A Matter of Principle

From Norman Gilbert via The International Save The Pun Foundation [www.punpunpun.com]. This is by Bob Renaud and it is pretty shaggy.

In the waning years of the second millennium after the Pan-Terran War, the remnants of humanity had divided into two classes. The Surfacers were a simple people, primarily farmers, herdsmen and nomadic traders, eking out marginal livings within the monarchies that had evolved from the rule of the strongest. Within the vast network of caverns and tunnels that had been created prior to the War, the Keepers of the Ancient Knowledge devoted their subterranean lives to the preservation and study of science and culture.

At random intervals, the Keepers dispatched one of their numbers to serve as a Teacher for the subjects of the nearest kingdom. Perhaps the greatest of these was Teacher James who, attended by his six Replicas, went out many times in the effort to distribute the Old Knowledge.

Thus did James, with his Replicas drawing his wagon of books, come to be in the realm of Lisus the Elder. James felt trepidation on this occasion, because Lisus was widely known as a swaggering, self-important despot who demanded total subservience, and who was famed (or perhaps infamous) for burning at the stake those who, for reasons seldom told, failed to please him, even to such trivial matters as failing to bow in his presence.

With ill-concealed discomfort, James entered the throne room, to beseech Lisus in the customary manner for permission to teach within his kingdom. He stood silently, his Replicas three at each side, while Lisus surveyed them with sneering contempt. Finally, he stared at James, whose robes, being finer than the coarse tunics of his Replicas, identified him as their leader and Genefather.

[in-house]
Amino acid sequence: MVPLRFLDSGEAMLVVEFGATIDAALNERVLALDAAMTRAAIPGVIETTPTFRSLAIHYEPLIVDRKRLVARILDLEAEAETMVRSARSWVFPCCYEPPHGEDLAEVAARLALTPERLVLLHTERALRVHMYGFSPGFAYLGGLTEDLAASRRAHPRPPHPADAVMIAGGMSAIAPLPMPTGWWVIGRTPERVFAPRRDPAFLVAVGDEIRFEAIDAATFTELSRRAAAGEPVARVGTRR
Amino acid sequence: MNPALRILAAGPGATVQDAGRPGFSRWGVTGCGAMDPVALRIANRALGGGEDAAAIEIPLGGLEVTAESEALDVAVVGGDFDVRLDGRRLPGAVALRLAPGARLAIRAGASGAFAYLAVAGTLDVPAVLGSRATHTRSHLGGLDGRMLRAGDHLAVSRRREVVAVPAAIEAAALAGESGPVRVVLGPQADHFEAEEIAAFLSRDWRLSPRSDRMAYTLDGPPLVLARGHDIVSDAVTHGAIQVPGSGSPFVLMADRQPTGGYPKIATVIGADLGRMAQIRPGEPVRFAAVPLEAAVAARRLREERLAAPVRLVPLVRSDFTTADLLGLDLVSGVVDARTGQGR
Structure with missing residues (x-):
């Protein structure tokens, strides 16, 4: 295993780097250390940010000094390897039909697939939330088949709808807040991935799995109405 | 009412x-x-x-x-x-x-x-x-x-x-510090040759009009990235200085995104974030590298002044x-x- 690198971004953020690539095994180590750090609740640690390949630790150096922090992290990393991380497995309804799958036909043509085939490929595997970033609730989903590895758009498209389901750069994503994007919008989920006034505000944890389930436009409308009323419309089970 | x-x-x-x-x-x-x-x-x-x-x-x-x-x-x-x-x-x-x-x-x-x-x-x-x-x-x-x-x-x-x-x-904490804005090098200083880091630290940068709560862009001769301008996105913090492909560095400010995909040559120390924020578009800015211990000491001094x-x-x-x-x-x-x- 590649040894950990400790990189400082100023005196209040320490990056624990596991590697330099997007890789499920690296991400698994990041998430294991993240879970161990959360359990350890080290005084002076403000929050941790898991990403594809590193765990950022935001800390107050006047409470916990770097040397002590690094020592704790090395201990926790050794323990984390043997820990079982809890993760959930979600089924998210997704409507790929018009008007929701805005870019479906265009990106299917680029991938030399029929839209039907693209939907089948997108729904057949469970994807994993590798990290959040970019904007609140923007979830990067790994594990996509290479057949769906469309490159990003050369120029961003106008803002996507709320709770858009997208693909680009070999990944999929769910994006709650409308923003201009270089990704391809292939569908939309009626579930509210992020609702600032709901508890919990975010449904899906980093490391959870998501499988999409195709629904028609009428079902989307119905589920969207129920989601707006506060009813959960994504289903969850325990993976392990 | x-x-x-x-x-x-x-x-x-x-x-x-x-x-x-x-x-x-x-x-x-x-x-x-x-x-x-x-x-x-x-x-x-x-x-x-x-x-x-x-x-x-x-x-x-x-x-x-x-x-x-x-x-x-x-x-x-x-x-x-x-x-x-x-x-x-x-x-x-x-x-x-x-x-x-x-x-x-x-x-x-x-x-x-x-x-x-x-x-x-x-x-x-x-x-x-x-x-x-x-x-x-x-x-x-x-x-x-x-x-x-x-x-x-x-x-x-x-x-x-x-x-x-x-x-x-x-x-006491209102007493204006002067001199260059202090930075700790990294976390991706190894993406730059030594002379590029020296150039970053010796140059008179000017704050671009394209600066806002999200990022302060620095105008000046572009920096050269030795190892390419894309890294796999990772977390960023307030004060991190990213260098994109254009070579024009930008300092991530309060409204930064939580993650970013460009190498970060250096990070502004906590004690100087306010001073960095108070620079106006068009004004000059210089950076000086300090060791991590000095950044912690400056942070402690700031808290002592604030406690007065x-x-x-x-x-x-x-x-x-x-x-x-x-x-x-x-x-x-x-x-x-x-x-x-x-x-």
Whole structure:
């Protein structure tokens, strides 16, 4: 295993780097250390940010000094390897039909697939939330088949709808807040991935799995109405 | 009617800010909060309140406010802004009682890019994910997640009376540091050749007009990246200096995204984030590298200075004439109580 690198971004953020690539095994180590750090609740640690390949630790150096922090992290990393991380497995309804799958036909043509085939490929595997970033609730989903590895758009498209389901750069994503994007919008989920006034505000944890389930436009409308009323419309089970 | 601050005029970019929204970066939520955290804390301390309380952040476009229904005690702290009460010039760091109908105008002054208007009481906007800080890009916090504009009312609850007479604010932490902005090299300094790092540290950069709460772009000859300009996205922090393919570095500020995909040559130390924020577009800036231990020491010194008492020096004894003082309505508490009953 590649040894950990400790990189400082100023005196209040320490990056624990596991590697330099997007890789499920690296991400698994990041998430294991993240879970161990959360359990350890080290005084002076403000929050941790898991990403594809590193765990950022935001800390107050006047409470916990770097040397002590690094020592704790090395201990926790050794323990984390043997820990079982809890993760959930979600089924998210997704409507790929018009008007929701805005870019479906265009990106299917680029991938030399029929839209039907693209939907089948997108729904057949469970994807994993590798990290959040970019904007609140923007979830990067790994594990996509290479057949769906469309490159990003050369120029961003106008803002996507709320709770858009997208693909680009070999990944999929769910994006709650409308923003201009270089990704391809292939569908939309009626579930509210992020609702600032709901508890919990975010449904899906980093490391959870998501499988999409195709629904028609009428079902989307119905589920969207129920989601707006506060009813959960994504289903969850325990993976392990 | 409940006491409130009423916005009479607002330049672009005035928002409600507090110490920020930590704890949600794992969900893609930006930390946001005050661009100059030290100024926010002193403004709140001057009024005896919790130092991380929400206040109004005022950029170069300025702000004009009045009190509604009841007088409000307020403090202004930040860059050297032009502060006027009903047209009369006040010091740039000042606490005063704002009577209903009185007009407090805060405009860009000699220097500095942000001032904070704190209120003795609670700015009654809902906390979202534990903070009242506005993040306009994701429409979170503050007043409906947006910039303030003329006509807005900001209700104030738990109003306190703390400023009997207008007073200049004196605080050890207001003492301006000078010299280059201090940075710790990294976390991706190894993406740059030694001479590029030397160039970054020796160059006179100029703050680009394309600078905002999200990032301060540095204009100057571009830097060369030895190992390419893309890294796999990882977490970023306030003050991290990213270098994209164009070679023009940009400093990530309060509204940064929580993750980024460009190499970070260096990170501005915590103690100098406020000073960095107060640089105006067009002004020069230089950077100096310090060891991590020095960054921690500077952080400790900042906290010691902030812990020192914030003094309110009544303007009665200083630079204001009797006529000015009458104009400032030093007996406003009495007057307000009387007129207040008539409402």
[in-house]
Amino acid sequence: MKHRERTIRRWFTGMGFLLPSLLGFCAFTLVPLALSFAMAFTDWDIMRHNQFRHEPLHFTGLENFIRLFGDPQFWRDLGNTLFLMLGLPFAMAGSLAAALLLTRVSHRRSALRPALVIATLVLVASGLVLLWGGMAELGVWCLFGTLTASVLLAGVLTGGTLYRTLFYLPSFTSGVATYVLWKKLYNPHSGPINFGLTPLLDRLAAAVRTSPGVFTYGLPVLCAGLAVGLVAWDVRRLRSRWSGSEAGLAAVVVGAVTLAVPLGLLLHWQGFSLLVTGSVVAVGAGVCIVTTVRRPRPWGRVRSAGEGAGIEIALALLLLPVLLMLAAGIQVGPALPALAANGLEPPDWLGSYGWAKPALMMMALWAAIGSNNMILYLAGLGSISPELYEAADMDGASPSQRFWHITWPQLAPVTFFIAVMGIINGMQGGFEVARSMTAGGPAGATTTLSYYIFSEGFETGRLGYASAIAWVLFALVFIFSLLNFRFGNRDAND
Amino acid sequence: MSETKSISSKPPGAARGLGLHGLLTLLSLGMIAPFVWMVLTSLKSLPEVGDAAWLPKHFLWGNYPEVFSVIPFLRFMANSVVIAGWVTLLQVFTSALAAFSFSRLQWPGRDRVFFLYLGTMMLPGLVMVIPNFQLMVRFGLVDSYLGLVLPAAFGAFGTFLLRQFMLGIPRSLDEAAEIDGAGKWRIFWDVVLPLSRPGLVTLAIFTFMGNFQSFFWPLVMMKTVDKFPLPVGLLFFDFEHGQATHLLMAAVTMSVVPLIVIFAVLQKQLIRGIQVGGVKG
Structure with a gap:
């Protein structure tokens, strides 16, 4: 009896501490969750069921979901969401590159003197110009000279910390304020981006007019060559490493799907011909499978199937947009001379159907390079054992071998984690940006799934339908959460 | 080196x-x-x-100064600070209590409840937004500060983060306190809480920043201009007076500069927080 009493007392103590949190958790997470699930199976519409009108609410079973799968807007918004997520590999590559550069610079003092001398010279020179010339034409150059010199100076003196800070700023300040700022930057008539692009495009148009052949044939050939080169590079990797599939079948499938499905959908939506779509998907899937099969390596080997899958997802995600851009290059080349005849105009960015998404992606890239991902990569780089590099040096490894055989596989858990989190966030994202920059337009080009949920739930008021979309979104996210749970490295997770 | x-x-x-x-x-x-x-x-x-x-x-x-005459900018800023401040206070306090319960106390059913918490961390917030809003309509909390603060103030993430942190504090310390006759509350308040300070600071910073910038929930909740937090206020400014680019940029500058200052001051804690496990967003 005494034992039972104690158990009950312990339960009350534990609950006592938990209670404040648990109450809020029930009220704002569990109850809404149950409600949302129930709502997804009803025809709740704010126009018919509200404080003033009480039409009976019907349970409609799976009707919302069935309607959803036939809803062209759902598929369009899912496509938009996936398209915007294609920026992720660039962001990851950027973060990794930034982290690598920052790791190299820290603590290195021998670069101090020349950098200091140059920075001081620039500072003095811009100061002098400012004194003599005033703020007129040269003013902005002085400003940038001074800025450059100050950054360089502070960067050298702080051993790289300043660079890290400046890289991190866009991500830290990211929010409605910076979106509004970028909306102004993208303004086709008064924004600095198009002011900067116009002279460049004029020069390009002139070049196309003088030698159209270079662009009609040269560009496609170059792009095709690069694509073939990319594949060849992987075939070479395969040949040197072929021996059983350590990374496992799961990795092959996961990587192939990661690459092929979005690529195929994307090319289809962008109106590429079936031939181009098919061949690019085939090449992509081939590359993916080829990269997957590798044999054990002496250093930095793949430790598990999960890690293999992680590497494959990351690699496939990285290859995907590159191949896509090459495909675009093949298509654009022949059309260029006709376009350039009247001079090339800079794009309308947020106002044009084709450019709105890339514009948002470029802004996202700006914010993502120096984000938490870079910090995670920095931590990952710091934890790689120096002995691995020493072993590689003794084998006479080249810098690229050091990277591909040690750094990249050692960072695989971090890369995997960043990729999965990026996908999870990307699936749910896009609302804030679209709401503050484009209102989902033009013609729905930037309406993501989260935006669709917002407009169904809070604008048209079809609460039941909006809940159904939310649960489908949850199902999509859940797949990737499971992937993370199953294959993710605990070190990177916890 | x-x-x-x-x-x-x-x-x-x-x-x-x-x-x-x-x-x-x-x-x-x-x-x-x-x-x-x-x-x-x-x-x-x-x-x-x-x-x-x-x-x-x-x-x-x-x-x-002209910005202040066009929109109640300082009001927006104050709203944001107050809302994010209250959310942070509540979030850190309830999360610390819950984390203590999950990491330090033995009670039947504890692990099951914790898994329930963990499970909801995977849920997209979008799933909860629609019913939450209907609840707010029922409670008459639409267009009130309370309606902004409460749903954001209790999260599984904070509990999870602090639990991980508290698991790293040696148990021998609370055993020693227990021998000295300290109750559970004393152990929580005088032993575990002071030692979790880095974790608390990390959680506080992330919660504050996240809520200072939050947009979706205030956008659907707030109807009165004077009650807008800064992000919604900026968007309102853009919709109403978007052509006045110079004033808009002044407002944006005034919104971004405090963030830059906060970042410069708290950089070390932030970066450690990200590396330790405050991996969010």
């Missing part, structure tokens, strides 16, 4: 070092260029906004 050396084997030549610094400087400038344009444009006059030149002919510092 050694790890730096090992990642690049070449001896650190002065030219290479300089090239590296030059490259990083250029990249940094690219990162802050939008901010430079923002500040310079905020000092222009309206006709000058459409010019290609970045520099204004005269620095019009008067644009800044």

“For what purpose are you here, Teacher James?”

“To teach. It is my profession, your Worship.”

“Then we shall begin with a lesson for you, Teacher, in the ways of respect. You will bow low before me, as I require of all in my presence.”

“I beg leave to tell your Highness that I am a citizen of Underearth, and a free man, not one of your subjects. I shall not bow, sire.”

Lisus glared in wide-eyed fury, unaccustomed to such defiance, then bellowed to his royal guards, “Seize this accursed infidel and his Replicas, and take them at once to the courtyard. Bind the Genechildren to the stakes, and pile the kindling high about them, topped by his books, that he may watch them burn as well.

Thus, beneath the midday sun, the Replicas were lashed to the burning stakes, and surrounded by twigs and branches, atop which the ancient volumes were evenly laid. “Now, dog, will you bow before me, or shall I have the torch put to your likenesses and your precious books?”

“Meaning no disrespect, your highness, I simply cannot do as you demand.”

“Before it is done, then, answer but one question. Why can you not afford me the honor of a mere bow, even when I have put everything of yours in such peril?”

“It is a matter of principle, Sire. Your threats cannot have an effect on me because, as the ancient laws wisely say, “Sticks and tomes may bake my clones, but James will never curtsy.”

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